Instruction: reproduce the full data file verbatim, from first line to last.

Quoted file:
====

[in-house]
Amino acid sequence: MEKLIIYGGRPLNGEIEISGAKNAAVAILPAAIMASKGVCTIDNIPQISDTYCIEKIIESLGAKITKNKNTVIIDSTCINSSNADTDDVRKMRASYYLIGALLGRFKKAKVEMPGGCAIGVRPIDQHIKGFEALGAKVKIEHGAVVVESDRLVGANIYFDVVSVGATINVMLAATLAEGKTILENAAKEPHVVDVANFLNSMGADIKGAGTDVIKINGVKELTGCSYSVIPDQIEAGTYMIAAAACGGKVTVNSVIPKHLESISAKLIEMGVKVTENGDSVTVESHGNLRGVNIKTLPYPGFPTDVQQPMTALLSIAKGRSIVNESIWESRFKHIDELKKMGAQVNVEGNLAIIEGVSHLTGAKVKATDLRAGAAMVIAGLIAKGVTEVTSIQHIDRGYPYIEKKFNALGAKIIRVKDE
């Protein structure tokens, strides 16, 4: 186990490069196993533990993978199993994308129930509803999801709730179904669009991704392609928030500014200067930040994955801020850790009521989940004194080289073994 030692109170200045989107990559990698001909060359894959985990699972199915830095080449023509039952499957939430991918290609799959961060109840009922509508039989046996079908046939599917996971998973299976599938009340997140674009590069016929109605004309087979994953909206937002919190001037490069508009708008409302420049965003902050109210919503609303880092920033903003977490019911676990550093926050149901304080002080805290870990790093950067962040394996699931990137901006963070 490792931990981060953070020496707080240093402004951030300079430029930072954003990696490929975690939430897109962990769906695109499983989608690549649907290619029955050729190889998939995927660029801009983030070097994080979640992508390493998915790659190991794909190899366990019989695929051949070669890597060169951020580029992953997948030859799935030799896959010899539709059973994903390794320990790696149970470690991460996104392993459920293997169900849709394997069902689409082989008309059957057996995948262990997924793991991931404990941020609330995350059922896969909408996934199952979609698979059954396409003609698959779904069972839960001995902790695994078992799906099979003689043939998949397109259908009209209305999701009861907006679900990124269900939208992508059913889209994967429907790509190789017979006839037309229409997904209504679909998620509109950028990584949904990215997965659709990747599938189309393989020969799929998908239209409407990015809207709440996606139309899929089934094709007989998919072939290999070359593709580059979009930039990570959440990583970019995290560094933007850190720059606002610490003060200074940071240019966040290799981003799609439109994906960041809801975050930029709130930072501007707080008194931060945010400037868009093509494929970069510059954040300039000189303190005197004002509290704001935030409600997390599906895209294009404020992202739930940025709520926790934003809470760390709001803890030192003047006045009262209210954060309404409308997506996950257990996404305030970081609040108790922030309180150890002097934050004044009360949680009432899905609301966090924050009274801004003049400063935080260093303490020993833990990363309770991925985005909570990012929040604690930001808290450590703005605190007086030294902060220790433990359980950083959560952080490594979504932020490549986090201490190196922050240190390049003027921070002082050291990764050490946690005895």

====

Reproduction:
[in-house]
Amino acid sequence: MEKLIIYGGRPLNGEIEISGAKNAAVAILPAAIMASKGVCTIDNIPQISDTYCIEKIIESLGAKITKNKNTVIIDSTCINSSNADTDDVRKMRASYYLIGALLGRFKKAKVEMPGGCAIGVRPIDQHIKGFEALGAKVKIEHGAVVVESDRLVGANIYFDVVSVGATINVMLAATLAEGKTILENAAKEPHVVDVANFLNSMGADIKGAGTDVIKINGVKELTGCSYSVIPDQIEAGTYMIAAAACGGKVTVNSVIPKHLESISAKLIEMGVKVTENGDSVTVESHGNLRGVNIKTLPYPGFPTDVQQPMTALLSIAKGRSIVNESIWESRFKHIDELKKMGAQVNVEGNLAIIEGVSHLTGAKVKATDLRAGAAMVIAGLIAKGVTEVTSIQHIDRGYPYIEKKFNALGAKIIRVKDE
């Protein structure tokens, strides 16, 4: 186990490069196993533990993978199993994308129930509803999801709730179904669009991704392609928030500014200067930040994955801020850790009521989940004194080289073994 030692109170200045989107990559990698001909060359894959985990699972199915830095080449023509039952499957939430991918290609799959961060109840009922509508039989046996079908046939599917996971998973299976599938009340997140674009590069016929109605004309087979994953909206937002919190001037490069508009708008409302420049965003902050109210919503609303880092920033903003977490019911676990550093926050149901304080002080805290870990790093950067962040394996699931990137901006963070 490792931990981060953070020496707080240093402004951030300079430029930072954003990696490929975690939430897109962990769906695109499983989608690549649907290619029955050729190889998939995927660029801009983030070097994080979640992508390493998915790659190991794909190899366990019989695929051949070669890597060169951020580029992953997948030859799935030799896959010899539709059973994903390794320990790696149970470690991460996104392993459920293997169900849709394997069902689409082989008309059957057996995948262990997924793991991931404990941020609330995350059922896969909408996934199952979609698979059954396409003609698959779904069972839960001995902790695994078992799906099979003689043939998949397109259908009209209305999701009861907006679900990124269900939208992508059913889209994967429907790509190789017979006839037309229409997904209504679909998620509109950028990584949904990215997965659709990747599938189309393989020969799929998908239209409407990015809207709440996606139309899929089934094709007989998919072939290999070359593709580059979009930039990570959440990583970019995290560094933007850190720059606002610490003060200074940071240019966040290799981003799609439109994906960041809801975050930029709130930072501007707080008194931060945010400037868009093509494929970069510059954040300039000189303190005197004002509290704001935030409600997390599906895209294009404020992202739930940025709520926790934003809470760390709001803890030192003047006045009262209210954060309404409308997506996950257990996404305030970081609040108790922030309180150890002097934050004044009360949680009432899905609301966090924050009274801004003049400063935080260093303490020993833990990363309770991925985005909570990012929040604690930001808290450590703005605190007086030294902060220790433990359980950083959560952080490594979504932020490549986090201490190196922050240190390049003027921070002082050291990764050490946690005895």